Hurricane Sandy hit Cuba hard.
The storm ripped through Santiago, in the southern end of the island, damaging an estimated 230,000 homes and leaving 11 Cubans dead.
Sandy also wiped out thousands of acres of staple crops. Now concerns are growing that food will become scarce.
Anchor Aaron Schachter speaks with the BBC’s Sarah Rainsford who is in Santiago.
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Aaron Schachter: The cleanup from Hurricane Sandy continues not just in New York and New Jersey, but in the Caribbean as well. Cuba was among the nations hit hard by Sandy – the storm ripped through the island’s south-east killing 11 people. It destroyed more than 200,000 homes, and knocked out power to Cuba’s second largest city, Santiago. Two weeks later authorities are still struggling to cope. The BBC’s Sarah Rainsford traveled today to the town of Siboney near Santiago. Earlier, via cellphone, she told us what she saw there.
Sarah Rainsford: It’s a really devastating scene here – I’m looking at buildings which have gone completely, there’s just a couple of bits of brick left behind, and furniture – a chair in the middle of one pile of bricks for example. At the building I’m standing next to now it still has the walls but no roof – there’s a tangled mass of metal at the front of it. Huge trees that have been smashed to the ground and are just lying there, lots of others that have been chopped up already that are ready for removal. And the sea wall – very badly damaged- and the road here has disappeared almost completely in front of me. So this area, Siboney, right on the coast where the storm entered Cuba – people have pretty much moved out of here, because there’s nothing left to live in.
Schachter: So people are mostly gone. Are there cleanup crews there?
Rainsford: Yeah, there’s a huge cleanup operation underway. I mean, we’ve seen teams of electricians everywhere we look along the roads trying to get the lamp-posts back up, trying to restore electricity to people. It’s two weeks now since the hurricane hit, and last night when we entered Santiago, there was already a lot of power restored to the city itself – you could see lights on on many of the buildings throughout the city. But some of the smaller villages that we entered didn’t have electricity.
Schachter: And how does what you’re seeing there compare to what you see in Havana.
Rainsford: Havana wasn’t affected at all – this was a hurricane that hit the east of the island. It swept through Santiago Province, Guantanamo, HolguÃn – those are the areas that were really badly affected. And I think one of the reasons that people here were hit so hard is that it’s not an area that is normally accustomed to suffering hurricanes; the west of the island is much more used to this kind of storm. And perhaps that’s one reason why so many people died – 11 people died, including a 4 month old baby. It’s a very small numbered compared to Haiti or compared even to the United States, but for Cuba that’s an awful lot. This country does pride itself on a very organized civil defense system, a very strong obligatory evacuation system, so 11 people dying here in Cuba is obviously very serious, and perhaps it’s because this area, Santiago, isn’t really used to this kind of storm.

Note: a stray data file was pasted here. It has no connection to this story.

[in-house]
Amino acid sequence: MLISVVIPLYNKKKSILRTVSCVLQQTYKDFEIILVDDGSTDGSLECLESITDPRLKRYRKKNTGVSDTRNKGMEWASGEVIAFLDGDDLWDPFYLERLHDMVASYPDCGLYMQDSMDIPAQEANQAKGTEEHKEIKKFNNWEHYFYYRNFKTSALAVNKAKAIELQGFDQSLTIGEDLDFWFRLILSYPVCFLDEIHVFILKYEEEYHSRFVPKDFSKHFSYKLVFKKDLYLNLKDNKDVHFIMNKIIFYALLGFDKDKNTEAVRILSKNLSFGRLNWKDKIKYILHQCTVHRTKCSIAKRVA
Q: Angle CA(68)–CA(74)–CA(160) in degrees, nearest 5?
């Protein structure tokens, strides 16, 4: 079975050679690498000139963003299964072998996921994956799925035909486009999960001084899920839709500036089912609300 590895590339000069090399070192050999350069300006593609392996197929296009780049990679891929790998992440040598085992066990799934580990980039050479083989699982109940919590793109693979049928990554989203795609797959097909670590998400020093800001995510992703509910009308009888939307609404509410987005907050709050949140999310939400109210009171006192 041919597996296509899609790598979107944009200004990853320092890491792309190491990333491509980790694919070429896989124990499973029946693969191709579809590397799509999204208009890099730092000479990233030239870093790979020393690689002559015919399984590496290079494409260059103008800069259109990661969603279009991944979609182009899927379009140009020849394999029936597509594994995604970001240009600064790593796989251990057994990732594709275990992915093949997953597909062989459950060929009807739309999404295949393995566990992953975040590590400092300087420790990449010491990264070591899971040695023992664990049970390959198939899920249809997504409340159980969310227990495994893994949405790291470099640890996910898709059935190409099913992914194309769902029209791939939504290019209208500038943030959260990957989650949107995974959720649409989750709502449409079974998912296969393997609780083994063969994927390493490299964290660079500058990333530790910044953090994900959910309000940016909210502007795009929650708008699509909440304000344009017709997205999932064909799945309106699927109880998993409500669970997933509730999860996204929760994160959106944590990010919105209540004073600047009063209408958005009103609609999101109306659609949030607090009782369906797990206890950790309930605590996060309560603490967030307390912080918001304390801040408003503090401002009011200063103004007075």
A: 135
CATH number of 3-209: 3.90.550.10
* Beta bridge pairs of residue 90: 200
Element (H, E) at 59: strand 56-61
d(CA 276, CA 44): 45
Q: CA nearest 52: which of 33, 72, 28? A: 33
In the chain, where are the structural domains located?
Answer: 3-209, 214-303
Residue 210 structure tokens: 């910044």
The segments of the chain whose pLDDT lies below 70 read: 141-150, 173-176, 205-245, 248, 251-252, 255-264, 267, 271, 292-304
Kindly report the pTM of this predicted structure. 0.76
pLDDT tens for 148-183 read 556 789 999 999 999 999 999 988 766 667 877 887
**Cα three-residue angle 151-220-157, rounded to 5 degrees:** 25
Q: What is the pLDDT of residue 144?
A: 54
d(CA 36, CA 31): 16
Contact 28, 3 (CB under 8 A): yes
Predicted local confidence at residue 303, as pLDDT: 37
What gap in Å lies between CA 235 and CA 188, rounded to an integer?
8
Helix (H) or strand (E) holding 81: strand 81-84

Schachter: Now, the UN’s World Food Program has pledged to bring in aid to Cuba. Have you seen any evidence yet of the international aid making its way there?
Rainsford: I haven’t seen it myself, but I do know that it’s happening – not so much from the UN yet, but certainly from Venezuela. They have sent several dozens of tons of food aid; there’s been construction materials coming in from Russia, as well; I believe Bolivia has sent a plane-load of food and aid to Cuba. So, quite a lot coming in, given that this is a poor country at the best of times, and here in Santiago these are not the best of times, so certainly any aid that is coming in is extremely welcome here.
Schachter: In general it does sound like Cuba and rescue efforts are going pretty well.
Rainsford: It does. If you read the state media here obviously the focus is very much on the revolutionary spirit, the unity of the people, and how everyone is working extremely hard to get the country back up and running. You could be cynical about that, but actually down here on the ground it is what you see. I’ve met some people whose houses were damaged who said during the night of the hurricane they were extremely frightened, that they were crying, as the storm hit, but they are very grateful for the way that the Cuban recovery services, and the military as well, are working together with volunteers to try to restore things here, to get things back to normal.
Schachter: The people who lost their houses because of Hurricane Sandy – where are they now?
Rainsford: Well what we’ve been told by the locals here is, in this area, is that many of them are living with family, moved in with relatives, moved in with neighbors. I did speak to one person last night who said they had three neighbors living with them because their houses had been damaged. There aren’t people in tents or sleeping under the stars, so there’s not that kind of situation here; it’s sort of all hands on deck.
Schachter: Sarah Rainsford is the BBC’s Cuba correspondent, she is in Santiago right now, a region hard hit in Cuba by Hurricane Sandy. Sarah, thank you so much.
Rainsford: No problem. Thank you.
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